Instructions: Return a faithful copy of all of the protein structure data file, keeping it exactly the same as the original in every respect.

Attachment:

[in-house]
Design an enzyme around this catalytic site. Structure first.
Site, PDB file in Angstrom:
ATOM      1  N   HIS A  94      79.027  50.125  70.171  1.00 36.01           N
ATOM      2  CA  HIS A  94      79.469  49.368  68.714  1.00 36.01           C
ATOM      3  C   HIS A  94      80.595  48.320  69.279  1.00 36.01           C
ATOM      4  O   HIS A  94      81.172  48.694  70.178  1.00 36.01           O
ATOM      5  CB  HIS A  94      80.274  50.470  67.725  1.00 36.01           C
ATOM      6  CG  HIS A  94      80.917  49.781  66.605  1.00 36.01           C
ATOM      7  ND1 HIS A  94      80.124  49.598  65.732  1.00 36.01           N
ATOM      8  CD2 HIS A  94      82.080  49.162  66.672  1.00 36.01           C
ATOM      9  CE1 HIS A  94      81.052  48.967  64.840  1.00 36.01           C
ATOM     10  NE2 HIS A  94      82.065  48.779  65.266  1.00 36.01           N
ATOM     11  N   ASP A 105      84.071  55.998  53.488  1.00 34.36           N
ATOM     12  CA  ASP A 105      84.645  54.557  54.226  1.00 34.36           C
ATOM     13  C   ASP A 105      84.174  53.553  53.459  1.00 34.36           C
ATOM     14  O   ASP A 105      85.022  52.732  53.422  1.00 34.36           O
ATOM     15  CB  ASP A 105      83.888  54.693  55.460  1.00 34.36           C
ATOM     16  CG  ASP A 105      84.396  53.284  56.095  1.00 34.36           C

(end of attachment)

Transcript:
[in-house]
Design an enzyme around this catalytic site. Structure first.
Site, PDB file in Angstrom:
ATOM      1  N   HIS A  94      79.027  50.125  70.171  1.00 36.01           N
ATOM      2  CA  HIS A  94      79.469  49.368  68.714  1.00 36.01           C
ATOM      3  C   HIS A  94      80.595  48.320  69.279  1.00 36.01           C
ATOM      4  O   HIS A  94      81.172  48.694  70.178  1.00 36.01           O
ATOM      5  CB  HIS A  94      80.274  50.470  67.725  1.00 36.01           C
ATOM      6  CG  HIS A  94      80.917  49.781  66.605  1.00 36.01           C
ATOM      7  ND1 HIS A  94      80.124  49.598  65.732  1.00 36.01           N
ATOM      8  CD2 HIS A  94      82.080  49.162  66.672  1.00 36.01           C
ATOM      9  CE1 HIS A  94      81.052  48.967  64.840  1.00 36.01           C
ATOM     10  NE2 HIS A  94      82.065  48.779  65.266  1.00 36.01           N
ATOM     11  N   ASP A 105      84.071  55.998  53.488  1.00 34.36           N
ATOM     12  CA  ASP A 105      84.645  54.557  54.226  1.00 34.36           C
ATOM     13  C   ASP A 105      84.174  53.553  53.459  1.00 34.36           C
ATOM     14  O   ASP A 105      85.022  52.732  53.422  1.00 34.36           O
ATOM     15  CB  ASP A 105      83.888  54.693  55.460  1.00 34.36           C
ATOM     16  CG  ASP A 105      84.396  53.284  56.095  1.00 34.36           C